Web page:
EOS Establishes Space Communications Business
EOS today established a new business segment to be named EOS Communication Systems. This business segment will be the third discrete business element in EOS, joining EOS Defence Systems and EOS Space Systems.
The launch of the new business was triggered by EOS completing several technology breakthroughs required for next-generation space communications. EOS has invested around $250 million over 9 years, including around $50 million of contributions from government partners in the USA and Australia, towards achieving this outcome.
All of EOS’ investments in research and development towards the establishment of this business have been fully expensed. All of the intellectual property developed with the project funds belongs to EOS.
The final technology breakthrough clearing the path for the establishment of the communications segment was the achievement of new technology allowing specific laser effects in space to be achieved with typically 0.1% of the power previously required.
The industrial and commercial applications of this technology are vast because the laser power density required for many space applications can now be achieved with much smaller lasers. In some cases including next generation space communications, this is an enabling step.
EOS will apply the technology immediately towards an estimated $120 billion of space communication infrastructure requirements. Of the $400 billion of space communication infrastructure which will be replaced over the next 20 years, at least 30% ($120 billion) must accommodate new communications technology incorporating these EOS developments or comparable technology.
The EOS technical approach uses a special, laser (called a guide star laser, see image below) to measure the distortion caused by the atmosphere. An equal and opposite distortion is injected into the operational laser beam (e.g. a communication laser) at its source. Consequently the atmosphere acts as a correcting lens to restore the laser beam to near-perfect quality as it moves through the atmosphere and into space.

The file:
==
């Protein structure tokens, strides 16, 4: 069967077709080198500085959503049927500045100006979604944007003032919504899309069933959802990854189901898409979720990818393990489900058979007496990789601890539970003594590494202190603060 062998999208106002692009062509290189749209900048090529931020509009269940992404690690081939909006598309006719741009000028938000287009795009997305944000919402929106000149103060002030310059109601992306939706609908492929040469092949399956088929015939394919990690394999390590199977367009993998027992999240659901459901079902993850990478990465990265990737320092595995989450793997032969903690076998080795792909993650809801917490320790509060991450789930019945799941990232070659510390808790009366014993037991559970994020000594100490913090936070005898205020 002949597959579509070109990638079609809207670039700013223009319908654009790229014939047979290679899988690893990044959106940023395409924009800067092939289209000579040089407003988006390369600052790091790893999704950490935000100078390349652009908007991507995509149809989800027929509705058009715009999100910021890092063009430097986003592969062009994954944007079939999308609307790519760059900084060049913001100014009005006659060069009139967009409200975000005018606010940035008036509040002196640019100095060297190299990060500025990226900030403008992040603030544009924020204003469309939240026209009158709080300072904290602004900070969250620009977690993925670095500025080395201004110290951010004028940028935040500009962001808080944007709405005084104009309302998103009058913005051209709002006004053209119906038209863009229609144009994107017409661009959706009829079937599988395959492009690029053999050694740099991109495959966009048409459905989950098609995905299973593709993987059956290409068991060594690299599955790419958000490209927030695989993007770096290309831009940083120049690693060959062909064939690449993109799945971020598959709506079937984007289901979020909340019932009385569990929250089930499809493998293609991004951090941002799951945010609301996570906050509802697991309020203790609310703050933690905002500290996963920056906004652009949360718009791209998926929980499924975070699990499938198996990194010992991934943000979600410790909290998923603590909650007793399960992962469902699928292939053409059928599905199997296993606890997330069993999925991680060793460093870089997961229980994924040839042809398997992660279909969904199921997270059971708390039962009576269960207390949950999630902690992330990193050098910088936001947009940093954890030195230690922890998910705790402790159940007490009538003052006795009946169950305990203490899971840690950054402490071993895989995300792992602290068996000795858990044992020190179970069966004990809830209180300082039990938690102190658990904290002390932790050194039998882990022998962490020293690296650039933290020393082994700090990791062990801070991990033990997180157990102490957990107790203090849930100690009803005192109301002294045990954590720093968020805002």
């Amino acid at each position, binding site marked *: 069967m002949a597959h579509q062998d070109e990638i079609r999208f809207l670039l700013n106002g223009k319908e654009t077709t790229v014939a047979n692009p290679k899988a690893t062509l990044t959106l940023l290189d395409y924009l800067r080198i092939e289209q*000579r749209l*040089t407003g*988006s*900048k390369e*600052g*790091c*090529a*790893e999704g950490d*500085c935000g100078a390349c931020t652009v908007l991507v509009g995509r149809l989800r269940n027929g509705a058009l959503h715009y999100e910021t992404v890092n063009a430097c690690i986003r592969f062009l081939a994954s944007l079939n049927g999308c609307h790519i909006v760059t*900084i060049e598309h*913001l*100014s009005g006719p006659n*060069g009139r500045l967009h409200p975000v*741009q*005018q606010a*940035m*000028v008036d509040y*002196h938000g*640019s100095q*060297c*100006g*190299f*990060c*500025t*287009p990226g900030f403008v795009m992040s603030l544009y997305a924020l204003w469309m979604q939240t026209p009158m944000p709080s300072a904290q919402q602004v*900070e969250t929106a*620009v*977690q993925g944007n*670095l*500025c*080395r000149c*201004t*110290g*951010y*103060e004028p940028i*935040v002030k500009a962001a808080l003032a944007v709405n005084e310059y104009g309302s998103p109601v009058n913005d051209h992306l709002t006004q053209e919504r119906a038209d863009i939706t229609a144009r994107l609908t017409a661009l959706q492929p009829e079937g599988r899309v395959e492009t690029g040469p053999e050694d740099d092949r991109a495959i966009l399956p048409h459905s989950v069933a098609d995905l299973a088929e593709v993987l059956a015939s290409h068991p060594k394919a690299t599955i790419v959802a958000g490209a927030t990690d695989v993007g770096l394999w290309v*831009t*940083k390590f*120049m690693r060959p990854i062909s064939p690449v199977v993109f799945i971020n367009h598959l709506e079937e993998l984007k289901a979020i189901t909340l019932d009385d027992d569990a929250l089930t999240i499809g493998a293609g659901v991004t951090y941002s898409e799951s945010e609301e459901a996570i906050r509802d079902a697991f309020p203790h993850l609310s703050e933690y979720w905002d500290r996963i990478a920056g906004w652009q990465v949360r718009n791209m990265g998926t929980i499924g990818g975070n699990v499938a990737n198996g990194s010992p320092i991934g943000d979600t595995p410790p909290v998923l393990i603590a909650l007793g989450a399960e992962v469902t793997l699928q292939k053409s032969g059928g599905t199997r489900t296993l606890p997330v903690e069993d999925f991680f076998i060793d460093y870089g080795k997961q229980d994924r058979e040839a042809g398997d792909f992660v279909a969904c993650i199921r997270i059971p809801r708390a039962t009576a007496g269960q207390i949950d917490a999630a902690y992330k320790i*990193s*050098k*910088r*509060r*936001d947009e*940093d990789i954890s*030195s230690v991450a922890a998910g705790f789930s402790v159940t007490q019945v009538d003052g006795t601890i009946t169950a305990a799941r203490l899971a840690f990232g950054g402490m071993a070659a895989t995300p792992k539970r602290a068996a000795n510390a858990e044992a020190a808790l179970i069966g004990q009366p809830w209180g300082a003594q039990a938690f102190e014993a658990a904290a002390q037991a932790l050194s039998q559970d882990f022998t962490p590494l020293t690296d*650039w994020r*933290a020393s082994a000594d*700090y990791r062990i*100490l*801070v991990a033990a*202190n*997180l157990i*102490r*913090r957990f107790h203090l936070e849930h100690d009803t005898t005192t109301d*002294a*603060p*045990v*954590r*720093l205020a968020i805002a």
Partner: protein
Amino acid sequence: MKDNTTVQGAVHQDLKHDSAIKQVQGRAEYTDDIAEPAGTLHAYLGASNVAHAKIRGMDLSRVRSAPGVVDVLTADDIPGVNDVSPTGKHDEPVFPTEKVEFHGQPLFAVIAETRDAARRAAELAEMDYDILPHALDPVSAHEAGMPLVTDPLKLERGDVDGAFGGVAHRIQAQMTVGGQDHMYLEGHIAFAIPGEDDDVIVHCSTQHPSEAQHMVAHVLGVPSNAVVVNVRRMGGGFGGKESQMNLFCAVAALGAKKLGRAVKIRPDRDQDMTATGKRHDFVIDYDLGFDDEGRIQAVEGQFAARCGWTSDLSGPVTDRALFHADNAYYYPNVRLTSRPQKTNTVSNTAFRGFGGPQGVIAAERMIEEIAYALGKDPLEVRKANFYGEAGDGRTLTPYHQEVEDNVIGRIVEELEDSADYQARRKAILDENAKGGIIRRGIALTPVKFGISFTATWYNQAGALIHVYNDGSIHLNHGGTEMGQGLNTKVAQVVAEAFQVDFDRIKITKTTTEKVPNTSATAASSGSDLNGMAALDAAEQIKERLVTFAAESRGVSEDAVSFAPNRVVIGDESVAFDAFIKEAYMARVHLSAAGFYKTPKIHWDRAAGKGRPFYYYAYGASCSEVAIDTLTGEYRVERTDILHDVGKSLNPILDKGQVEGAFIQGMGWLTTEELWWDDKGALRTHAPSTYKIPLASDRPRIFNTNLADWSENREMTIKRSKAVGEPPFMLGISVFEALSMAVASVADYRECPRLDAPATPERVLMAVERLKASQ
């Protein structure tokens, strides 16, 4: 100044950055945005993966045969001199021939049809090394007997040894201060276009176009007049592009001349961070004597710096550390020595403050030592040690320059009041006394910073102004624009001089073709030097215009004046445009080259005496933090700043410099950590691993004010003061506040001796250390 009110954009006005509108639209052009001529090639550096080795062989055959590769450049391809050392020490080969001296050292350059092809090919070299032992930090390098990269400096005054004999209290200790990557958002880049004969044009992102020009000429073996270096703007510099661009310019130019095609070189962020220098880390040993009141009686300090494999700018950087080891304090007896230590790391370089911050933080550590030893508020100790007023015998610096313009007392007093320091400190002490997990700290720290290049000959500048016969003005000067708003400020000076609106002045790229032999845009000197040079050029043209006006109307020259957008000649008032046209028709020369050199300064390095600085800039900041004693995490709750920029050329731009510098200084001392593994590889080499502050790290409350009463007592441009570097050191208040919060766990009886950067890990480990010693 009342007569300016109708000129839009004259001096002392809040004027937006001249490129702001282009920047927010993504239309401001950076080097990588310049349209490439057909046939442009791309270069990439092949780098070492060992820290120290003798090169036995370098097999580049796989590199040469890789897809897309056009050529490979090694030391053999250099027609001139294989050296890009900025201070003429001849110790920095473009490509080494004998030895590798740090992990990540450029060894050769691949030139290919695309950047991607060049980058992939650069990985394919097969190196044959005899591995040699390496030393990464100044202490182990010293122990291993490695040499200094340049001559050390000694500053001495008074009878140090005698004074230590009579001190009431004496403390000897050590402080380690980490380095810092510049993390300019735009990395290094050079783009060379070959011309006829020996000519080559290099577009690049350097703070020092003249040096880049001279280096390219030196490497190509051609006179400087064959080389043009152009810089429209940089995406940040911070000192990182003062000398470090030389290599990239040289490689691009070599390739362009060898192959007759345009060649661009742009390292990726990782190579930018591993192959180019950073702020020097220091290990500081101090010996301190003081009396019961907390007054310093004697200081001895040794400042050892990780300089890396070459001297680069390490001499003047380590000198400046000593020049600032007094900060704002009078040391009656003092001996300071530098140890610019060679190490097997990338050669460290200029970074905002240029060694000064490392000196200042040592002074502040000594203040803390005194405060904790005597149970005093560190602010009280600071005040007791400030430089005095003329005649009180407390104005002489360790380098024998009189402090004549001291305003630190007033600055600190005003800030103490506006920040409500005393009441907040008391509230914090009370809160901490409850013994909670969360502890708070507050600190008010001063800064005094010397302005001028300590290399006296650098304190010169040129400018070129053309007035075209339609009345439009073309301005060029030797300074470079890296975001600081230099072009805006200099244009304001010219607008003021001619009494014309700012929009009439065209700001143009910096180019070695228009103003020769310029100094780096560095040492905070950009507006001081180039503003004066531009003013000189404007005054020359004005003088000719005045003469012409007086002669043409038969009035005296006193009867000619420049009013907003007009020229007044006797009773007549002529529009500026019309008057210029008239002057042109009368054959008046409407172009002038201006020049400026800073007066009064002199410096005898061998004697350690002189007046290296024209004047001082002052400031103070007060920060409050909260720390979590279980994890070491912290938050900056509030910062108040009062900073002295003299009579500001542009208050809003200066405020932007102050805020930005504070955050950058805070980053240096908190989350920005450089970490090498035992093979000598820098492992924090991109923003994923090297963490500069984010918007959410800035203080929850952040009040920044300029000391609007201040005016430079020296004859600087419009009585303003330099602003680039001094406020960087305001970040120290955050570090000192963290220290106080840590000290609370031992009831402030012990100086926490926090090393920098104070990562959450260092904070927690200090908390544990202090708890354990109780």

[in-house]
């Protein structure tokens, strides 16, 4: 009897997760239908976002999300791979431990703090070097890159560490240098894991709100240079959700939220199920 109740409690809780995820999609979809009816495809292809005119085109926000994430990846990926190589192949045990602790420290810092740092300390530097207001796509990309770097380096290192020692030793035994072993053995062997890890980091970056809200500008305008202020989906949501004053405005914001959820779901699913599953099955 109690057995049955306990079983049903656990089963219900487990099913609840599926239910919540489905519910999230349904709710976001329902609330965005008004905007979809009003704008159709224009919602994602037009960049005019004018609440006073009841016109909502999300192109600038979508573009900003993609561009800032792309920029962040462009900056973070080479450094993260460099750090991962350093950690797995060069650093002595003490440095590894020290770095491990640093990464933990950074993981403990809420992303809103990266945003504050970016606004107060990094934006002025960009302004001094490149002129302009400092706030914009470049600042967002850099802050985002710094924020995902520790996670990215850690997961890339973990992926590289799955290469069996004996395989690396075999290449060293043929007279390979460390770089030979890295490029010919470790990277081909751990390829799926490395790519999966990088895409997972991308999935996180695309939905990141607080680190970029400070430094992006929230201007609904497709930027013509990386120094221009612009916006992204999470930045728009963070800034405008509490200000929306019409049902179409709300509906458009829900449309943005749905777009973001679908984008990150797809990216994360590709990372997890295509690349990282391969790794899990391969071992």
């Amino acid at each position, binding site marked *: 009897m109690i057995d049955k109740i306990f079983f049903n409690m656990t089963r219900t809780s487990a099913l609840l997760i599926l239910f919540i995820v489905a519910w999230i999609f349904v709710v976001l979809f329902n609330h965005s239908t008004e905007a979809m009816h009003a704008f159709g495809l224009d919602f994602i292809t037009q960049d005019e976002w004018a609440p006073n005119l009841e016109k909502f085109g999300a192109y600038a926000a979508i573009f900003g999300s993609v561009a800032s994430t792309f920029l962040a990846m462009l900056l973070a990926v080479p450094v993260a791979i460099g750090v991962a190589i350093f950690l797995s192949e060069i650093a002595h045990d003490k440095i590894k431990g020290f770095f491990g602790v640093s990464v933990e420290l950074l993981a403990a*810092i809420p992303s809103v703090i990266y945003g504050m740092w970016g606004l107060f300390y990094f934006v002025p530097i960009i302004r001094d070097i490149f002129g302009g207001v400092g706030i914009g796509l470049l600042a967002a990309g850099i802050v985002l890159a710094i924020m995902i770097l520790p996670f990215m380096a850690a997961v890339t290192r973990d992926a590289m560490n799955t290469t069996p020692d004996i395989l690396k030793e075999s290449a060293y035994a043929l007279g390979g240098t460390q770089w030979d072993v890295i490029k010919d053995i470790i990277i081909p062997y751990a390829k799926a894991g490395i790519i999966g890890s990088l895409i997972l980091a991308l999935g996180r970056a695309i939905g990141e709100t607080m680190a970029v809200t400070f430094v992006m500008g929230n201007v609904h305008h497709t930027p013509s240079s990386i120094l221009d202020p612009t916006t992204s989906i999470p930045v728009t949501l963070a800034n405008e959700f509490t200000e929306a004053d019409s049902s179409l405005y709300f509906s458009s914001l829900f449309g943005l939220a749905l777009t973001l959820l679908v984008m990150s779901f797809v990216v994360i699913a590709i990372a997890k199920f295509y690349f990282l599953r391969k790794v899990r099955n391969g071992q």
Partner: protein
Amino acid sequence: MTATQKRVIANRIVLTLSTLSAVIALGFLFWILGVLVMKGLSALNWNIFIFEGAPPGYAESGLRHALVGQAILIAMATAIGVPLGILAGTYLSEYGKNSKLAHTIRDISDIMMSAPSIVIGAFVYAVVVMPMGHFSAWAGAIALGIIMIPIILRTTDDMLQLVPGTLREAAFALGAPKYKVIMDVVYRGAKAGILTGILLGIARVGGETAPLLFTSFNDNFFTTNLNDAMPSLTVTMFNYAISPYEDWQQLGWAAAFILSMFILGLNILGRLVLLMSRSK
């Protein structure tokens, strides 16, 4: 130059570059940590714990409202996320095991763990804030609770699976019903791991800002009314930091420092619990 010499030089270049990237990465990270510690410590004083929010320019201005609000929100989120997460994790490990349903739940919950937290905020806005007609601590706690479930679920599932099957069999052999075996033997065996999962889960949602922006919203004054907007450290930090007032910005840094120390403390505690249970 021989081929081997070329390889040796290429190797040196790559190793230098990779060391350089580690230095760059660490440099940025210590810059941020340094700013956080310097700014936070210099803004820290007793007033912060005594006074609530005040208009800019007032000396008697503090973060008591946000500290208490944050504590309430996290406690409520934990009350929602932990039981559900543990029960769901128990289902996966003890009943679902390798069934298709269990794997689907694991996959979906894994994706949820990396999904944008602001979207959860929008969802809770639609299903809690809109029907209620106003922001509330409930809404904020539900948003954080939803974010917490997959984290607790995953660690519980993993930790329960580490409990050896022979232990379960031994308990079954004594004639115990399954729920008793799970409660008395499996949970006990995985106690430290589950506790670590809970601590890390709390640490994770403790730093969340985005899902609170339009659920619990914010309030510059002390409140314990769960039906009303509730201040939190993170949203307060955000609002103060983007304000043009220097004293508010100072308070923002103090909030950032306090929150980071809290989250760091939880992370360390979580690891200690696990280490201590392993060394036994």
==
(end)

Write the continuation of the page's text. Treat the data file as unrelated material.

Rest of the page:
Using this technology laser beams emitted from the ground can now be manipulated in space as if the atmosphere was not present. The previously unavoidable loss of laser intensity can be largely overcome and the negative impact of atmosphere on the laser can be ignored for many applications.
In practical terms, laser intensities achieved in space can now be 1,000 times higher, using the same laser. For many space applications, the laser power required in the absence of this technology would be prohibitive.
A precursor of this technique, called adaptive optics, has been used by astronomers for decades to correct stellar observations for the distortion of the atmosphere. Astronomers have used guide star lasers to measure the atmospheric distortion applying to observations of stars and applied corrections to the incoming stellar images.
However there were significant technological hurdles to achieve beam correction in the reverse direction, with the atmosphere very close to a light source which is transmitting into space from earth. EOS has invested significant resources over 10 years to overcome these hurdles.
A key application is in optical communications to, from and among satellites in space.
Laser-based optical communications systems on earth can achieve bandwidths exceeding 10 THz [TerraHertz] communicating through fibre optics. This is 20 times the maximum bandwidth achievable with microwave technology. Consequently optical communications routed through fibres dominate all trunk communications on the earth’s surface.
The higher bandwidths offered by laser optical communications on earth are also required for space communications, but it has proven impossible to increase the transmitting power of the ultra-wideband communication lasers used for terrestrial communications to the levels required to achieve communications to and from space.
This power increase will now not be necessary, or be significantly reduced, because a laser communication channel to space can now be established using 0.1% of the laser power previously required.
This major leap forward in controlling laser beam intensity in space cannot itself enable operational communications to and from space because other significant practical barriers exist. In parallel programs funded by EOS over 9 years, the company has systematically completed all the necessary developments to remove those barriers to allow commercial exploitation:
Beam Delivery. The breakthrough removes the detrimental impact of the atmosphere to produce very intense beams at very high altitudes. But the optical beams are (by definition) now much smaller and more concentrated. This requires the laser communication beam to be directed to a moving satellite with a very high precision and very high stability – in each case 10 times better than previously ever achieved. EOS has spent the past decade developing and operationally qualifying laser beam directors which now routinely provide this 10-times improvement in precision and tracking stability for satellites.